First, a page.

For the cheapest, easiest, fastest way to fix your broken front tooth, go to Walmart, buy a tube of Superglue, and glue your tooth back in. Cheap, easy, fast.
Problem is, the repair will only last for a couple of days. But long-lasting wasn’t on your list of requirements.
Another solution, not as cheap but also easy and fast and, as a bonus, long-lasting, would be to have a dentist bond a glob of composite onto the broken part of the tooth, making a little mound. That would last a long time. It wouldn’t look very good, though, but looking good wasn’t on your list.
Let’s re-order your priorities and make it first, something that will look good, and second, something that will hold up long-term. To accomplish that, there are two options. And neither one is cheap, easy, or quick.
It could be possible to repair the tooth by placing a crown on the remaining root. But that would only work if there isn’t a lot of stress on this tooth. If you have a deep overbite or even just a strong bite, it would be hard to get the crown to stay on. But if you have a gentle bite, it could work. You would need to have a root canal treatment on the remnant of your tooth, then have a good, strong post that’s not completely rigid. Either a carbon fiber post or a fiberglass post would work. The stress on a front tooth is mostly lateral. If you have a rigid metal post going down into the root and then put stress on the crown of the tooth, that stress will transfer to the root through the post and tend to cause a root fracture. If the post has a little flexibility to it, however, it will not transfer stress to the root and thus not tend to fracture the root.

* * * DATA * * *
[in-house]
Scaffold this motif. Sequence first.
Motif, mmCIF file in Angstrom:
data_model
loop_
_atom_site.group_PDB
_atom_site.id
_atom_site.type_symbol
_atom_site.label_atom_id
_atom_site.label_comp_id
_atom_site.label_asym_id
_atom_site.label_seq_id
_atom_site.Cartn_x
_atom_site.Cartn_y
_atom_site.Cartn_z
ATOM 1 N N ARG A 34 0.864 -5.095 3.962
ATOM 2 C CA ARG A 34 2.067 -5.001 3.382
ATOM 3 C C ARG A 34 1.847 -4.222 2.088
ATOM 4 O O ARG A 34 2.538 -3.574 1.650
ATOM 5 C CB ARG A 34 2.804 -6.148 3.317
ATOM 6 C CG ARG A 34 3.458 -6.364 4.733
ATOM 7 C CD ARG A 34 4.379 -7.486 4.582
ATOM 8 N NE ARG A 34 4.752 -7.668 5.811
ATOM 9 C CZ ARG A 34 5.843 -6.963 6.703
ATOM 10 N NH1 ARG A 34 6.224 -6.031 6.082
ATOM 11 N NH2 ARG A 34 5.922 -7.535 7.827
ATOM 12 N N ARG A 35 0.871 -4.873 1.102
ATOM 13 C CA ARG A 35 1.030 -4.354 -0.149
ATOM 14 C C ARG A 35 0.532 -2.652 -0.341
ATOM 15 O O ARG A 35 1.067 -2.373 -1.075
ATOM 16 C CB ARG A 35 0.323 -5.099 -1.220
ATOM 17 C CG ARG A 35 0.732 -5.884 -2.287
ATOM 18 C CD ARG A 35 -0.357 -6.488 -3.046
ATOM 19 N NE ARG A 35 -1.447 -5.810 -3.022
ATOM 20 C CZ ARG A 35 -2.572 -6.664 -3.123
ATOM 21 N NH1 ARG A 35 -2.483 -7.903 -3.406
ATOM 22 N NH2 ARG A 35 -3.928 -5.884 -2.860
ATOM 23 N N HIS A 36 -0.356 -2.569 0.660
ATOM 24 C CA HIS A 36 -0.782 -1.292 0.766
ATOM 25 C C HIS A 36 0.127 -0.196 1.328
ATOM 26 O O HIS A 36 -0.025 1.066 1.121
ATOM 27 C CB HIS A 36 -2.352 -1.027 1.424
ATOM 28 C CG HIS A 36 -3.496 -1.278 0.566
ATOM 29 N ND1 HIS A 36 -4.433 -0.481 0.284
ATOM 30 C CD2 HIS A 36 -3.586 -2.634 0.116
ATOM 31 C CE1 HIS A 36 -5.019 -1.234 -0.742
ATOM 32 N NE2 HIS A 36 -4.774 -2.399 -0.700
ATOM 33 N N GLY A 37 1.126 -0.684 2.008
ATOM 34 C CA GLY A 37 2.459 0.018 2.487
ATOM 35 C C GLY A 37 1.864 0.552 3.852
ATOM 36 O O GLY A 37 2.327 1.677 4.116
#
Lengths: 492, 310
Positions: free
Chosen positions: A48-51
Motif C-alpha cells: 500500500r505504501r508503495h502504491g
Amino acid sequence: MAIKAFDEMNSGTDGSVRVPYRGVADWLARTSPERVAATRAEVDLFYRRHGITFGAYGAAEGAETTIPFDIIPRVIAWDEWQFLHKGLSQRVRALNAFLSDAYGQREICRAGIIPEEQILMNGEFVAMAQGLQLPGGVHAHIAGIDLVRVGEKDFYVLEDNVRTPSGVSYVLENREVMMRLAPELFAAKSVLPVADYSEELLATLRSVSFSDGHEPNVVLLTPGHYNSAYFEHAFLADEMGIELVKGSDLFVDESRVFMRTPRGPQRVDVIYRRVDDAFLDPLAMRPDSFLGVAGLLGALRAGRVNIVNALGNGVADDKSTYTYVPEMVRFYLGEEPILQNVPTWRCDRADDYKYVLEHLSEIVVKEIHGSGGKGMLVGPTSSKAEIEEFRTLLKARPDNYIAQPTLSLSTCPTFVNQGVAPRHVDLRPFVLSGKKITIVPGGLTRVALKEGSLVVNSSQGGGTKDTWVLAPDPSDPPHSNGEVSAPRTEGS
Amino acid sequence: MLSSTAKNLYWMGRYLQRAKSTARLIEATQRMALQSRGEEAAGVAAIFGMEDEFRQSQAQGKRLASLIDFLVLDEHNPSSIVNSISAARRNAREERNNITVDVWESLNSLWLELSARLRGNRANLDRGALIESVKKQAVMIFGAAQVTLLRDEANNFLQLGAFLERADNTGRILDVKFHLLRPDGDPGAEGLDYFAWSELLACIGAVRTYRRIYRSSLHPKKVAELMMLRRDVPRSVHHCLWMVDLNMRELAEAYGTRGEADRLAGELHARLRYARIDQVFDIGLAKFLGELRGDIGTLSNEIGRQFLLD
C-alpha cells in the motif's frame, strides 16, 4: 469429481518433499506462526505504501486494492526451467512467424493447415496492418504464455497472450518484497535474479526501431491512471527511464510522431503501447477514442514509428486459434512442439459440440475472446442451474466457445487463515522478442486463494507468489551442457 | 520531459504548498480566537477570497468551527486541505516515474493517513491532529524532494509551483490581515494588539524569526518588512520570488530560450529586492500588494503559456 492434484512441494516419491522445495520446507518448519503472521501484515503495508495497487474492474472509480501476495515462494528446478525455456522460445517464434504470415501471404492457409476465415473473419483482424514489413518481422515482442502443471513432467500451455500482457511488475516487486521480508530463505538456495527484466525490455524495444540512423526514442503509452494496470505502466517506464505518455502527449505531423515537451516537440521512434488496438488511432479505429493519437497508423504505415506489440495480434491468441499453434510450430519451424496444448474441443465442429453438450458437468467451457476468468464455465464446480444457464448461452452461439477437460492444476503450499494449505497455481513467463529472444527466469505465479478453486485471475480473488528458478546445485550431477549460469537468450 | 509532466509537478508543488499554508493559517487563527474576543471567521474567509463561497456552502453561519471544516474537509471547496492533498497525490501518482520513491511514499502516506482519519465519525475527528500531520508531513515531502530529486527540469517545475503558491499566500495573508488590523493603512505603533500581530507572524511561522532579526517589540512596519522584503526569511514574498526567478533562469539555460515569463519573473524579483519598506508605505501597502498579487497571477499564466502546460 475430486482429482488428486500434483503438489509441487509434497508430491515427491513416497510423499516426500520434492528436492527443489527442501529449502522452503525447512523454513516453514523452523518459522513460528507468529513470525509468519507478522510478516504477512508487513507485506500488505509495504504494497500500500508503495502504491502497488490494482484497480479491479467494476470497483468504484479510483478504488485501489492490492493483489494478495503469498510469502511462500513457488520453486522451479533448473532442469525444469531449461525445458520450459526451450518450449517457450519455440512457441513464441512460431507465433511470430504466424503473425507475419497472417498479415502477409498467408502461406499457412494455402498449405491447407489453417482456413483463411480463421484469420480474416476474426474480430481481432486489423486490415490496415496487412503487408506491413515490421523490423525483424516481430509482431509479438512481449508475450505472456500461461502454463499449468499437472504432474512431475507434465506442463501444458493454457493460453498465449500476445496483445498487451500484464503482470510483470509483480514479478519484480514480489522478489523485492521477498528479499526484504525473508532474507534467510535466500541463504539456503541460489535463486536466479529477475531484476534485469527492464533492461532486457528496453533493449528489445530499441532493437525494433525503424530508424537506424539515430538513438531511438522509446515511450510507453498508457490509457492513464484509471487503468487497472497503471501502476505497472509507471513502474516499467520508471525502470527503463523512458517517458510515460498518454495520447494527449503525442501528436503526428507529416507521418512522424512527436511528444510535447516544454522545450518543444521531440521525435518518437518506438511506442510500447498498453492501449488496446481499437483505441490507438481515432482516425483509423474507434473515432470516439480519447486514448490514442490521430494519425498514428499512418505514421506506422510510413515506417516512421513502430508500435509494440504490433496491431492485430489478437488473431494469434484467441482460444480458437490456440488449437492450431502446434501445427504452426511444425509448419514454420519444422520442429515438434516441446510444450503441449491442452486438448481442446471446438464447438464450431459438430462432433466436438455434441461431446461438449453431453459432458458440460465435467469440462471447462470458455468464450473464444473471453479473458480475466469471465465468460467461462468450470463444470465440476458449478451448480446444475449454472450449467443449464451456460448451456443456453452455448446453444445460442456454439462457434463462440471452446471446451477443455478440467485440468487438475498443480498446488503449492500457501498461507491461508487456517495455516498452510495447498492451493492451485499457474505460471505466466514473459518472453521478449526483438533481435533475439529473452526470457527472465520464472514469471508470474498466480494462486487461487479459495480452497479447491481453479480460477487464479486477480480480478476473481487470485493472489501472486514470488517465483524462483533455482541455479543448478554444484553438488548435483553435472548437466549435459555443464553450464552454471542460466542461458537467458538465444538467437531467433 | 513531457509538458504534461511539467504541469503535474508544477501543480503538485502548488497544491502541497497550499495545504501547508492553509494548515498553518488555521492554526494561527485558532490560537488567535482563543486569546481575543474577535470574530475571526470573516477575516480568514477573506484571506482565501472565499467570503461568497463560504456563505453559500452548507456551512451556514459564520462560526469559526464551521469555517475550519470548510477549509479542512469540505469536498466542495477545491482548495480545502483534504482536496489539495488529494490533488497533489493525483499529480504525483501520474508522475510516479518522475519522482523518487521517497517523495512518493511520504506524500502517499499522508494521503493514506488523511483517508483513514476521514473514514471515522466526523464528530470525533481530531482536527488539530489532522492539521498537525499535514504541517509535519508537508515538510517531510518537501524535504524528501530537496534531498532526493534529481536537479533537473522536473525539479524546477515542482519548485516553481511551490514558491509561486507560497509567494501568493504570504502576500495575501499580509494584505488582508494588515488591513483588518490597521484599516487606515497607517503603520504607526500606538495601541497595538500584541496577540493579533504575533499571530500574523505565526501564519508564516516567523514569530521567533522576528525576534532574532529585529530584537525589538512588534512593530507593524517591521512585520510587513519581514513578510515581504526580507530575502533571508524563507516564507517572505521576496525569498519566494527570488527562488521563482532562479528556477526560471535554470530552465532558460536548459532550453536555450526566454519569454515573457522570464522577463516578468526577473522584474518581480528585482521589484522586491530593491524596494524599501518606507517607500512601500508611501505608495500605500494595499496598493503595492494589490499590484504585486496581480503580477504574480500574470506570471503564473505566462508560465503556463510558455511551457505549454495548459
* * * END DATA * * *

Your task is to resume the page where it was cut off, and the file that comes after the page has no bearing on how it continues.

And better yet, I would place two posts side by side, to help resist rotational forces that would tend to weaken the bond to the tooth over time. All posts are perfectly round, so any twisting force on them will tend to dislodge them.
However, if there is any significant stress on this tooth, the only solution that will hold up over a long time would be replacing the tooth with a dental implant. This could cost twice as much as a root canal, posts, and crown, and would take substantially longer because of the healing time required. But it would look good and last much longer. Doing the crown first could have you ending up with the dental implant eventually because the crown would fail.
Bottom line—sometimes the cheapest dental solution is the most expensive, the quickest solution takes the longest, and the easiest solution is the most complicated. It’s generally best to just fix it right in the first place and then be done.
– Dr. Hall
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